My new boat, a Chevrier 36. Built in France in 1984, extensively refitted in Australia in 2002. We're currently in Langkawi, Malaysia. Her steel hull needs some work, but she's strongly built, with top quality fittings, sloop rigged and a 60 hp Perkins.
My immediate plans are to remain around the delightful Langkawi islands for a while, creating the drawings for the second Marine Diesel Basics book, before heading to the Philippines and then Japan.
SV Kuan Yin
SV Kuan Yin is a 32-foot steel double-ender, rigged as a cutter ketch and is amazingly easy to balance. In the summer of 2016, off the coast of Newfoundland, she sailed herself at about 6.8 knots for 15 hours under reefed genoa and mizzen with the tiller free and no auto-pilot or self-steering! She rolled heavily in the breezy conditions, with 2 - 3 metre (5 - 10 foot) seas but kept her close-reached course.
I bought Kuan Yin (then with another name) in Penetanguishene, Ontario, Canada, in the spring of 2006 and immediately moved aboard. Soon after that - because she was my home as well as my boat - I realized some serious changes were needed before she could really function as my "ship of dreams". And as it very common, I soon let this opportunity get completely out of control. Cosmetic changes became a total refit - the expenses multipled of themselves.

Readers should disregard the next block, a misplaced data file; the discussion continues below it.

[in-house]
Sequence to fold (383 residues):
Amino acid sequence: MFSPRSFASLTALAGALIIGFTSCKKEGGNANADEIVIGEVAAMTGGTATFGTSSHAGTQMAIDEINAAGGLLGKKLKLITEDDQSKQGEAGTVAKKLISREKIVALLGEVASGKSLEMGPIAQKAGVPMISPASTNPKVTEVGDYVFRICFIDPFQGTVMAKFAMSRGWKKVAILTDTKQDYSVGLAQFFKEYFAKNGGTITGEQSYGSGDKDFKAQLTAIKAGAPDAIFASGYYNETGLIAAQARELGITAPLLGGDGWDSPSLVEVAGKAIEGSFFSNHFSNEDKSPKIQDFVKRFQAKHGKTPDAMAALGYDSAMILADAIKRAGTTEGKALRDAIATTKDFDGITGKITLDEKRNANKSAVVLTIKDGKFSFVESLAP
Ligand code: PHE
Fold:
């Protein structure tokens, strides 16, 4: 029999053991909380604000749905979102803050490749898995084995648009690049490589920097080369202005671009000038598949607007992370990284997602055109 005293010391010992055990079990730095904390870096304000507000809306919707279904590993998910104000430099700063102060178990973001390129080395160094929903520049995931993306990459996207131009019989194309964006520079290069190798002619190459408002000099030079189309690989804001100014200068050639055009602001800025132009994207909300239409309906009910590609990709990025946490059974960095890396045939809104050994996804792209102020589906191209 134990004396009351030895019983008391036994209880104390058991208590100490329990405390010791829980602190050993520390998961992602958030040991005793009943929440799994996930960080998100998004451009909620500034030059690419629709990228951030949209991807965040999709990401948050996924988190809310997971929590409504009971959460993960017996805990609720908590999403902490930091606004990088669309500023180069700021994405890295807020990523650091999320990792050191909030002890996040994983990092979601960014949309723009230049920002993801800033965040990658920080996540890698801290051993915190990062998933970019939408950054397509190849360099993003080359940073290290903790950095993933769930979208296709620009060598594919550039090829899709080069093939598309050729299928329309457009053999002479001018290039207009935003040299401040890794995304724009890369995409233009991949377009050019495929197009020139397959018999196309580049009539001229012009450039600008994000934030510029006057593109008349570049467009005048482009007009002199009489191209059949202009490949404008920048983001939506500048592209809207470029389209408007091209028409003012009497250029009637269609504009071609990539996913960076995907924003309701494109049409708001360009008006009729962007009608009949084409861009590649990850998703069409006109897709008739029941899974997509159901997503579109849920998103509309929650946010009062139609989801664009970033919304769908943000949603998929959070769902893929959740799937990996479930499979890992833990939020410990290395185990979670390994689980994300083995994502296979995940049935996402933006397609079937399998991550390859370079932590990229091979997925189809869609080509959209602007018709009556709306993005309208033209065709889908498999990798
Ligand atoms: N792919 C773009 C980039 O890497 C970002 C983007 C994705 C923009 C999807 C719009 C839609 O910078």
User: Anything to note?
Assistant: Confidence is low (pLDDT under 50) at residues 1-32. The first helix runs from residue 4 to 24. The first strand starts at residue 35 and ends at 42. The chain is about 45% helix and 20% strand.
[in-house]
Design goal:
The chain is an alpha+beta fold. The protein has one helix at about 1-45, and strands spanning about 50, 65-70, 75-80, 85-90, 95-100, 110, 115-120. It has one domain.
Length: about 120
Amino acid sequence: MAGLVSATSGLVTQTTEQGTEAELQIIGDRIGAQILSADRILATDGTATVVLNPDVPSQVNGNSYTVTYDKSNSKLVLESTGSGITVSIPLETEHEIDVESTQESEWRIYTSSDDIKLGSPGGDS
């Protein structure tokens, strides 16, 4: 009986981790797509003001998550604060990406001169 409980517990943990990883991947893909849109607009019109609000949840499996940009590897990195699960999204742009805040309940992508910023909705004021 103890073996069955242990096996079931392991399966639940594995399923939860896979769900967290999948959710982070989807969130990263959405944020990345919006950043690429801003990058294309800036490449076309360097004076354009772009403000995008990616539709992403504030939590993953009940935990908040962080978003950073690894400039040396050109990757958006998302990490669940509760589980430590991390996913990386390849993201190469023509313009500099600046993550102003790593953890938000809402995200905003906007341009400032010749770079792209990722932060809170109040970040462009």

Stupidly, though I rewired the boat, the refit did not include any work on the marine diesel system. This serious "oversight" was to be my undoing. Just the day before departure from Toronto, a diesel mechanic who checked over the engine (only) found one of the engine mounts was cracked. No-one thought to ask why. These were naive days when ignorance was bliss and I believed the system could look after itself.
After great sailing, reality hit - filth in the fuel tank - just before entering the ship locks of the St. Lawrence Seaway.
A week to pump out and flush the tanks, then onwards alone through the 7 locks of the Seaway. Little did I imagine this would only be the start of a long list of mechanical problems, which included 3 engine mounts cracking, replacing the transmission and seemingly endless started troubles.
However, after vowing to learn, and not to give up, all was sorted and working by the time Kuan Yin and I staged to cross the Atlantic. However, it was not to be on this boat.
Three days out on passage to the Azores, with various equipment problems and taking on water from an unknown source, I decided to turn back to Newfoundland.
Two weeks later, Kuan Yin was gone to a local sailing couple in northern Newfoundland, and I was leaving after 10 years.
My new purpose was - and is - to create the Marine Diesel Basics books - the first visual guides to the diesel systems which had caused so much trouble sailing in Labrador.
However, after a few months ashore, I was looking for another boat. And SV Oceandrifter was in need of someone to get her ready to go to sea again.
Even at one knot, we'll get there eventually. And no matter how bad (or how good) the weather, it will always change. So there's no need to get agitated or frustrated and no purpose either - have a coffee, read a book, pick up the knitting, enjoy the day.